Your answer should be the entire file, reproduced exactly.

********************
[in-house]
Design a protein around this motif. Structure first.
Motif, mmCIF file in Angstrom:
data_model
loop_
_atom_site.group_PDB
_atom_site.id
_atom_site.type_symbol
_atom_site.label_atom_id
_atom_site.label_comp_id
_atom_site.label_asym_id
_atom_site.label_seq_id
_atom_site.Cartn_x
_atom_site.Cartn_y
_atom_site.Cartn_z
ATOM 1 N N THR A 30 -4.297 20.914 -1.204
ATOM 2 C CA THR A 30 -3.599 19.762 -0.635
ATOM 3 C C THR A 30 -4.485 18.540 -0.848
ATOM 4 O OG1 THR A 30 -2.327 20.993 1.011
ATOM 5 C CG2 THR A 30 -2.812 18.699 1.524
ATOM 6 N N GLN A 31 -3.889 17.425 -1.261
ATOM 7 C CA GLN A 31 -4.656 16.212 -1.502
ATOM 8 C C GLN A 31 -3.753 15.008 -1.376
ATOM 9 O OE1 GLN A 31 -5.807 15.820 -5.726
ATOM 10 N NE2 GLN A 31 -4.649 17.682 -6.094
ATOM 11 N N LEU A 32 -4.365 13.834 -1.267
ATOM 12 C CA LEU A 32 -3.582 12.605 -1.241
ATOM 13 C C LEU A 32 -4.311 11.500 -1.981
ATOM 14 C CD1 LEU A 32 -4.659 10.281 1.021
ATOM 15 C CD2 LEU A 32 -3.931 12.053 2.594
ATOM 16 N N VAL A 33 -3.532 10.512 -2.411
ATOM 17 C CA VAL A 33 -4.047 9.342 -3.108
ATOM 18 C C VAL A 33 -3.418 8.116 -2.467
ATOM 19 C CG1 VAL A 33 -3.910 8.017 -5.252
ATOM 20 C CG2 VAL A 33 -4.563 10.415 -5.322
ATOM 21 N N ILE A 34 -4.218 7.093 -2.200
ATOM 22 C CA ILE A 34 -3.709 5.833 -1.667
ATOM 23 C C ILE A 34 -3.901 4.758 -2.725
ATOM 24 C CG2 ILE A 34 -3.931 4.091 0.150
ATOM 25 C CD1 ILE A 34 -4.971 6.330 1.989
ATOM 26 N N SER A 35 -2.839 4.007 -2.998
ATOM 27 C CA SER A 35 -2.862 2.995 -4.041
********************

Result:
[in-house]
Design a protein around this motif. Structure first.
Motif, mmCIF file in Angstrom:
data_model
loop_
_atom_site.group_PDB
_atom_site.id
_atom_site.type_symbol
_atom_site.label_atom_id
_atom_site.label_comp_id
_atom_site.label_asym_id
_atom_site.label_seq_id
_atom_site.Cartn_x
_atom_site.Cartn_y
_atom_site.Cartn_z
ATOM 1 N N THR A 30 -4.297 20.914 -1.204
ATOM 2 C CA THR A 30 -3.599 19.762 -0.635
ATOM 3 C C THR A 30 -4.485 18.540 -0.848
ATOM 4 O OG1 THR A 30 -2.327 20.993 1.011
ATOM 5 C CG2 THR A 30 -2.812 18.699 1.524
ATOM 6 N N GLN A 31 -3.889 17.425 -1.261
ATOM 7 C CA GLN A 31 -4.656 16.212 -1.502
ATOM 8 C C GLN A 31 -3.753 15.008 -1.376
ATOM 9 O OE1 GLN A 31 -5.807 15.820 -5.726
ATOM 10 N NE2 GLN A 31 -4.649 17.682 -6.094
ATOM 11 N N LEU A 32 -4.365 13.834 -1.267
ATOM 12 C CA LEU A 32 -3.582 12.605 -1.241
ATOM 13 C C LEU A 32 -4.311 11.500 -1.981
ATOM 14 C CD1 LEU A 32 -4.659 10.281 1.021
ATOM 15 C CD2 LEU A 32 -3.931 12.053 2.594
ATOM 16 N N VAL A 33 -3.532 10.512 -2.411
ATOM 17 C CA VAL A 33 -4.047 9.342 -3.108
ATOM 18 C C VAL A 33 -3.418 8.116 -2.467
ATOM 19 C CG1 VAL A 33 -3.910 8.017 -5.252
ATOM 20 C CG2 VAL A 33 -4.563 10.415 -5.322
ATOM 21 N N ILE A 34 -4.218 7.093 -2.200
ATOM 22 C CA ILE A 34 -3.709 5.833 -1.667
ATOM 23 C C ILE A 34 -3.901 4.758 -2.725
ATOM 24 C CG2 ILE A 34 -3.931 4.091 0.150
ATOM 25 C CD1 ILE A 34 -4.971 6.330 1.989
ATOM 26 N N SER A 35 -2.839 4.007 -2.998
ATOM 27 C CA SER A 35 -2.862 2.995 -4.041